The Supreme Court
Hugo Black (1937-1971)
Hugo Black earned his law degree from the University of Alabama and then became one of Birmingham's leading trial lawyers. He set a goal of being elected senator by the age of 40. In the South, that meant he had to join the Democratic Party. He also believed that to be electable, he had to join the Ku Klux Klan (KKK), which he thought was necessary to further his political career.
Just the Facts
Black's involvement in the KKK was very limited. He joined the KKK on September 13, 1923, marched in a few parades and spoke at meetings. His speeches were on liberty and encouraged the KKK to be a law-abiding organization. He opposed whipping and other violent activities of the KKK.
While Black was serving in his second Senate term, Franklin Roosevelt was elected president. Black became an ardent supporter of Roosevelt's New Deal programs and led the fight to help Roosevelt pack the court and change its opposition to New Deal legislation. Even though he lost the fight, when it came time for Roosevelt to nominate his first justice to the Supreme Court, he picked Hugo Black, knowing he would support him on the Court. During his four terms, Roosevelt appointed nine justices.
Black's appointment was opposed by Negro physicians of the National Medical Association because of his KKK connection, and a small group of blacks protested his appointment on the day of the Senate debate. The KKK connection had not come up during judiciary committee deliberations and, at that time, there was no proof of his membership.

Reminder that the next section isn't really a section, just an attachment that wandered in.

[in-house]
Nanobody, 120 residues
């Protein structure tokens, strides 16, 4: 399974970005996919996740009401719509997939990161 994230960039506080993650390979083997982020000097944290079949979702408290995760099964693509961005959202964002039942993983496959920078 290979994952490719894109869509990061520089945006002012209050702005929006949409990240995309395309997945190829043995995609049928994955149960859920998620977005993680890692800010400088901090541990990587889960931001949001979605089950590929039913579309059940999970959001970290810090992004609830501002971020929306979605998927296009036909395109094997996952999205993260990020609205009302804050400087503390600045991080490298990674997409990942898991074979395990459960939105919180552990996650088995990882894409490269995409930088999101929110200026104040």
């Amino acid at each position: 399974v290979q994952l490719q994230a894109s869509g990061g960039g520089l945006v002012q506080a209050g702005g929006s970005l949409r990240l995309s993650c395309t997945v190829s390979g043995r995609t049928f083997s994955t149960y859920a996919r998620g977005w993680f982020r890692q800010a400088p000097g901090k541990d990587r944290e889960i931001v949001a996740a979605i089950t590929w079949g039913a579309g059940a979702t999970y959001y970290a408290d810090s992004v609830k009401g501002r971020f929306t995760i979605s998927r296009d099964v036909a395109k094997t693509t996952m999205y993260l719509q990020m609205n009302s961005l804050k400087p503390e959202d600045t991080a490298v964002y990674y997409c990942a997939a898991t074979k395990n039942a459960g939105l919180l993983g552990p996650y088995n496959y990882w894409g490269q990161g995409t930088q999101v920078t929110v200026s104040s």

Opposition to his appointment was also raised because he served on the Senate at the time a change was made in the Supreme Court retirement provisions. Since he could benefit from the change, some questions were raised about blocking his appointment. The Constitution forbids a Congressman from being appointed to a U.S. office for which benefits were increased by that same Congress. After intense debate, Black was confirmed by a vote of 63 to 16.
After Black took the Supreme Court oath, the newspaper Pittsburgh Post-Gazette exposed Black's KKK membership. There were major protests, but the issue was pushed to the side as war fears before World War II began to build in the country.
The McCarthy Era got its name from Senator Joseph McCarthy, who led a witch-hunt to expose people with communist views after World War II. Many who were proved to be members of the Communist Party lost their jobs. Anyone called before McCarthy's committee in the House of Representatives had to prove their loyalty to the country by naming other members of the communist party in order to keep their jobs. He accused Harry Truman of being soft on communism and portrayed him as a dangerous liberal, which helped to elect Republican Dwight Eisenhower as president.
Chambers v. Florida
Black's service on the Court proved that he was not a bigot. He opposed racial segregation and championed minority rights. One case that helped prove his position was Chambers v. Florida in 1940. Chambers was one of about 30 to 40 blacks arrested after an elderly white man was robbed and murdered in Pompano, Florida.